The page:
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First True Shoulder Season Burn

Post in 'The Hearth Room - Wood Stoves and Fireplaces' started by firecracker_77, Oct 9, 2012.

  1. firecracker_77

    firecracker_77 Minister of Fire

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    I have had my stove going for a few weeks, but today I got to work and it was 62 inside; 32 outside. I have been able to burn all day with only a short time with the window open. Took about 4 hours to warm the space, but I loved every minute of it. I like it being a little brisk while the stove warms up. Occasionally, I warm my backside by the stove while waiting for the room to warm. With my stove, you have a long wait until the stove is kicking alot of heat, but once she's going, she holds the heat well until the fire goes completely out and the stove cools for several hours.

    I imagine a barrel stove would be perfect for instant heat, but I have no real desire for anything like that...especially when aesthetics are considered.
    Backwoods Savage likes this.

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  2. Shadow&Flame

    Shadow&Flame Minister of Fire

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    That Canadian air has been wonderful down here...hasnt been cold enough for a fire for me, but sure has felt good. The warming has started and by the weekend it will be back in the mid 80s.... That is one downside to an efficient stove...takes a while for it to warm up and then you have to open the windows...ha
  3. firecracker_77

    firecracker_77 Minister of Fire

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    My stove is slow because of all the stone. The glass heats up and radiates quickly, but the real warming power comes from the mass and surface area being hot, which takes time. On the flip side, she's easy to keep warm for days once rolling.

    I threw in some overseasoned oak that is starting to lose mass due to age. That took off quick and hot. Love the hardwoods.

    I've been burning cottonwoods and some lower end junk too. That tends to go to coals quickly, but the overall heat output isn't there, perfect for shoulder season.

    Arkansas will get cold soon enough. Think of all the wood you save. My sister lives in Charlotte, NC and never gets much of a winter. She has poisonous snakes and termites to worry about. I'll take a northern climate for that reason. Can't stand critters and vermon too much.
  4. Backwoods Savage

    Backwoods Savage Minister of Fire

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    Not sure how long those Heritage stoves take to warm up but the Fireview throws heat in good time. We were told that it would take an hour to get heat. That his hogwash.
  5. firecracker_77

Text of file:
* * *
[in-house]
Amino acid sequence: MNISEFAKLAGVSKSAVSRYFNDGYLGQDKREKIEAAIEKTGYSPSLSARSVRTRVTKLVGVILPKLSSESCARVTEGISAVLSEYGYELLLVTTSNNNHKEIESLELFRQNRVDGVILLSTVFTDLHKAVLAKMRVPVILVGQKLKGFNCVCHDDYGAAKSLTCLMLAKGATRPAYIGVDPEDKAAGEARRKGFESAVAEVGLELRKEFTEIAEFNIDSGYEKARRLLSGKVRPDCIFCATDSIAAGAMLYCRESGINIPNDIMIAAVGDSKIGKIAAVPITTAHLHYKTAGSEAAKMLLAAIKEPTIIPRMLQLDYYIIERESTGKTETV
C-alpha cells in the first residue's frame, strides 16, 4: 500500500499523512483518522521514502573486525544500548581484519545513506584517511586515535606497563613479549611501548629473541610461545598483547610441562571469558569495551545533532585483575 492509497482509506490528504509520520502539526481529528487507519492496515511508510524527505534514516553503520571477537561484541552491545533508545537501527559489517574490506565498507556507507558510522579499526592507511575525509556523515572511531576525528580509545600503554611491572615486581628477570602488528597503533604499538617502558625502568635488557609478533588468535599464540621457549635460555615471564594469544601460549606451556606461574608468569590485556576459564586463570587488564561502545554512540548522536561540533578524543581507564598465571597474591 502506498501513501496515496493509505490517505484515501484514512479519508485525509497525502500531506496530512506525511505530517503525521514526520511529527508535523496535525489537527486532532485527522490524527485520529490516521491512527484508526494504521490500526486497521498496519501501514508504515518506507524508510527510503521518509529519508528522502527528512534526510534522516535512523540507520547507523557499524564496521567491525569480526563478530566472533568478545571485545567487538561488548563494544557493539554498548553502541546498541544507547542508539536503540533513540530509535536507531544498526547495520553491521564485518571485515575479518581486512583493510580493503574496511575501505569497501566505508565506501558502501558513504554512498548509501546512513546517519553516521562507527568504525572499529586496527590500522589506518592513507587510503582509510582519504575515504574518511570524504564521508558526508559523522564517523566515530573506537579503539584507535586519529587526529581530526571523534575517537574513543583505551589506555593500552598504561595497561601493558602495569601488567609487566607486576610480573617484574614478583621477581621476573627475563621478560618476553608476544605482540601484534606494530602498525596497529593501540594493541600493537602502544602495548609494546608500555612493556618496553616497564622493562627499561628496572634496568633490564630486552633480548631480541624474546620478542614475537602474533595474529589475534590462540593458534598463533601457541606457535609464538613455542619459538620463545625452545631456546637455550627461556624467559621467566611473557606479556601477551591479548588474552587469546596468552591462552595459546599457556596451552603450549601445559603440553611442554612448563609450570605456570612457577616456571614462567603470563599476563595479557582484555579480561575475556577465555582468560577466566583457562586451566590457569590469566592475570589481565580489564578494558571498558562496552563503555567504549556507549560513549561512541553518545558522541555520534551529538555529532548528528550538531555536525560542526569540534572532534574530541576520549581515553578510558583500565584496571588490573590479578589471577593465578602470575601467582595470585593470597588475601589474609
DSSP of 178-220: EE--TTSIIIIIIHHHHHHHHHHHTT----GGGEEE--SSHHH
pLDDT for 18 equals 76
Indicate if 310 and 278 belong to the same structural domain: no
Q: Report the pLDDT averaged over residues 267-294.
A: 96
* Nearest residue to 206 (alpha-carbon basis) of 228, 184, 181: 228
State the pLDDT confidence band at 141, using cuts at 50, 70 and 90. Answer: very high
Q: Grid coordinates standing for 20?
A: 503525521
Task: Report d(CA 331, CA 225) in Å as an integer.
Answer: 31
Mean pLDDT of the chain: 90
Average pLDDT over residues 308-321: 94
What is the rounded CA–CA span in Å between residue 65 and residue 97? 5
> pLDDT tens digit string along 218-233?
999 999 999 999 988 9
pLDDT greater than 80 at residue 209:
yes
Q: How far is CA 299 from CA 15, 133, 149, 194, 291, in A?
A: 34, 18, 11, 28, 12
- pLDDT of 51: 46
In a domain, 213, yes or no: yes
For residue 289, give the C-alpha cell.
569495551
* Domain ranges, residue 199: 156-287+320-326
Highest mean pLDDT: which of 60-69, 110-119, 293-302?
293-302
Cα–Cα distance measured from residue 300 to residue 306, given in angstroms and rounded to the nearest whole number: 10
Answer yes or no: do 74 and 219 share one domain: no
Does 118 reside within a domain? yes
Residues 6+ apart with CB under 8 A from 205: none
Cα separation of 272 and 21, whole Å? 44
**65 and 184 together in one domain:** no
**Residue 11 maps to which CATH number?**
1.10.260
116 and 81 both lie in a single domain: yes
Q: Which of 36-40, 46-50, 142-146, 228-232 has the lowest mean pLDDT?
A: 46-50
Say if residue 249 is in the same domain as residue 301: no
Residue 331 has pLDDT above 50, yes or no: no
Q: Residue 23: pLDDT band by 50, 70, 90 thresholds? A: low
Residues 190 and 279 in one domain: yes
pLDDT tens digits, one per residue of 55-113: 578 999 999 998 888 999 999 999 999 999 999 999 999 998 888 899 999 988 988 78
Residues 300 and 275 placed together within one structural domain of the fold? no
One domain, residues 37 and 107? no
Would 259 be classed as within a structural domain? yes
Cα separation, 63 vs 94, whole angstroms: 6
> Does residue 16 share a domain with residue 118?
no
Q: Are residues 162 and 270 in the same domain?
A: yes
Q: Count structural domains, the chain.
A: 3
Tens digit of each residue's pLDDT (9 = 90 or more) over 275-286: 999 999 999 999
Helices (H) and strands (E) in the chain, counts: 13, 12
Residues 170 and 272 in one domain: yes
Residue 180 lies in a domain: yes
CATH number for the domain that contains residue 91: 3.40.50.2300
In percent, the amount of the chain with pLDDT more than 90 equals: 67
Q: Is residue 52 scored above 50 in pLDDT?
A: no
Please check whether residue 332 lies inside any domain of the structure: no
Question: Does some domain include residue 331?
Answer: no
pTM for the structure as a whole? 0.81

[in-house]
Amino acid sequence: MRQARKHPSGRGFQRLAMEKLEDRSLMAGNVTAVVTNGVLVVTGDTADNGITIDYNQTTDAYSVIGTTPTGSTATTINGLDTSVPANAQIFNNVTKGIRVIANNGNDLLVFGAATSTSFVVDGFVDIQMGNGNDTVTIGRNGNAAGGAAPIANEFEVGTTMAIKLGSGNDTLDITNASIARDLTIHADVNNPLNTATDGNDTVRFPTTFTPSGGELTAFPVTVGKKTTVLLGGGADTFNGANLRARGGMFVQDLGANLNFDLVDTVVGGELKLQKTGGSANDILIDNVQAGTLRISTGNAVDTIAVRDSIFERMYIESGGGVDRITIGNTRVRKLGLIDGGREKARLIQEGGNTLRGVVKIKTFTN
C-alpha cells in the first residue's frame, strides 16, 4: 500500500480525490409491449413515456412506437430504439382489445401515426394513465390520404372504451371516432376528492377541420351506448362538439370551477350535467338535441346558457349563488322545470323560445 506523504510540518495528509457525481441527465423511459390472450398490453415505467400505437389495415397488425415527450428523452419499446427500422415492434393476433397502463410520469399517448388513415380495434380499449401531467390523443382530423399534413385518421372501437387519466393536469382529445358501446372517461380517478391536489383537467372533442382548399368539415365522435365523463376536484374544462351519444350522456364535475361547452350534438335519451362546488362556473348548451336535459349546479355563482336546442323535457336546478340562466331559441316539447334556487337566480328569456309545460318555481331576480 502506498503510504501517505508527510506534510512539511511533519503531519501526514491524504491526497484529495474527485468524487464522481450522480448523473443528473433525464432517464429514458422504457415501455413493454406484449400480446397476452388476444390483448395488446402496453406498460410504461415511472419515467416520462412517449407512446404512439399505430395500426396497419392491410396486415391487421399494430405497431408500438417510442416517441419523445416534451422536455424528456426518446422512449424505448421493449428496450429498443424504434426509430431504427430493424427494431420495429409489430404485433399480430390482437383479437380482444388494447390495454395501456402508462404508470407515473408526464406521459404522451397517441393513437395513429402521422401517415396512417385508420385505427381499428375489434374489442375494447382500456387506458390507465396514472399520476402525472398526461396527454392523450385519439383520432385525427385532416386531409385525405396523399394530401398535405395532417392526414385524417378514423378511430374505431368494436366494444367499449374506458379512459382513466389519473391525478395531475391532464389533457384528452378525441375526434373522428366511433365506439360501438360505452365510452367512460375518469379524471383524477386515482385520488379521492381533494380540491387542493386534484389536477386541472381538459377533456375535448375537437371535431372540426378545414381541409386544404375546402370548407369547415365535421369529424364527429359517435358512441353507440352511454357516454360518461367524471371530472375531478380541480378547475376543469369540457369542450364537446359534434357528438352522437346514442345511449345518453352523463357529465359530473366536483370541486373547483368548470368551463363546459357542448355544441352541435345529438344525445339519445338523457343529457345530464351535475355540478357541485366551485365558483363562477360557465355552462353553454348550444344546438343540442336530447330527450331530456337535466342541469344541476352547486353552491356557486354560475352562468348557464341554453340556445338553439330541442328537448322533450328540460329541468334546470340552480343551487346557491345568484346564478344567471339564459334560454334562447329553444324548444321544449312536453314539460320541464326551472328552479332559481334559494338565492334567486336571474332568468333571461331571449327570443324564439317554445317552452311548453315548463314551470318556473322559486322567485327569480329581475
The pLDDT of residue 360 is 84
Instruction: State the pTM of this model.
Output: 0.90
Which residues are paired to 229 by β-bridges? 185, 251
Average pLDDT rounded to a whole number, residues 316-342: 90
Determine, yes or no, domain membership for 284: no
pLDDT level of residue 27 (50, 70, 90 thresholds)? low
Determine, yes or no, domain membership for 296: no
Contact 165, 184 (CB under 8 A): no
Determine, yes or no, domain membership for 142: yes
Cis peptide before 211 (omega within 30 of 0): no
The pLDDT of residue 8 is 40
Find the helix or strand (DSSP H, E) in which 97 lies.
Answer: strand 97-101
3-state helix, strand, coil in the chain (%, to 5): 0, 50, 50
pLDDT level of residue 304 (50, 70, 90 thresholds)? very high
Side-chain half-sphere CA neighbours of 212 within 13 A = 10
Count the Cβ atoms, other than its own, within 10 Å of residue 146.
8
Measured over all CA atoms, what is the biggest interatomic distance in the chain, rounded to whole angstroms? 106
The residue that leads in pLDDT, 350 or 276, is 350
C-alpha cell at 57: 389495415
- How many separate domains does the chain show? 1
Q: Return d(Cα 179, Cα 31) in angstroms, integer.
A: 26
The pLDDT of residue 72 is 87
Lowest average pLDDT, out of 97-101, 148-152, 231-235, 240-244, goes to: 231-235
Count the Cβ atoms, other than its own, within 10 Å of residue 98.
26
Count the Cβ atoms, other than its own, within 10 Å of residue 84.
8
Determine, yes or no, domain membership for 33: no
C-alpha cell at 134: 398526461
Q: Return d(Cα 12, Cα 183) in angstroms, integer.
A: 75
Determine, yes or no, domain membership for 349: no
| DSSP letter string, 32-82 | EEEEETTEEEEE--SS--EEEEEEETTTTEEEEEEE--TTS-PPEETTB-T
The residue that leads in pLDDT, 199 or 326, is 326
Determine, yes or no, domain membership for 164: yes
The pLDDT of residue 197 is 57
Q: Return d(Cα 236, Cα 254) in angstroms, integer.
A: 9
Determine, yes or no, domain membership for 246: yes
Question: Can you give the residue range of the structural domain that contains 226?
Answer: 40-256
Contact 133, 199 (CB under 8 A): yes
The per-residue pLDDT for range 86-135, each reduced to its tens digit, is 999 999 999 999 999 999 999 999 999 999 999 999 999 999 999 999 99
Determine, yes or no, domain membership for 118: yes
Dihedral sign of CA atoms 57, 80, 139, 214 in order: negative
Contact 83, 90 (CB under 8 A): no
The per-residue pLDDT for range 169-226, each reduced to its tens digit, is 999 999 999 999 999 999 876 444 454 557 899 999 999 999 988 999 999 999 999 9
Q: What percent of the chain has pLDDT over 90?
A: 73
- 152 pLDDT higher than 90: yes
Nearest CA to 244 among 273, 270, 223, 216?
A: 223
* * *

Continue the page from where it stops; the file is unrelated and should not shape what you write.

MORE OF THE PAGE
firecracker_77 Minister of Fire

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    I'm about an hour before feeling any heat. A good 3 to really add alot of heat to the room depending on how cold.
  6. Backwoods Savage

    Backwoods Savage Minister of Fire

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    Wow! That truly is amazing as we are really cooking within 1/2 hour here. Maybe the difference between Hearthstone and Woodstock stoves. No doubt the catalyst aids in this.
  7. firecracker_77

    firecracker_77 Minister of Fire

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    My Woodstock gas heats quickly, but the soapstone panels basically surround a metal box. Not the same design at all to compare. Much less mass.
  8. firecracker_77

    firecracker_77 Minister of Fire

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    I get very little heat until there is coaling. That or lots of secondaries, but that takes time.
  9. BrowningBAR

    BrowningBAR Minister of Fire

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    From a cold start, I was able to get heat within 30-45 minutes at times. Other times, it was longer.
  10. firecracker_77

    firecracker_77 Minister of Fire

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    I start with the Supercedar, then a couple pine 2X4's over that, then I criss cross some smaller splits of various hardwood. It's probably an hour before the stove top is warm enough to do anything. It's about 3 before the stove can bring the room from 62 to 70.

    An Equinox can achieve this feat in less than an hour. It also has double the box size though and way more surface area obviously.

  11. corey21

    corey21 Minister of Fire

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    I have watched that just for the heck of it.

    Great looking stoves.
  12. firecracker_77

    firecracker_77 Minister of Fire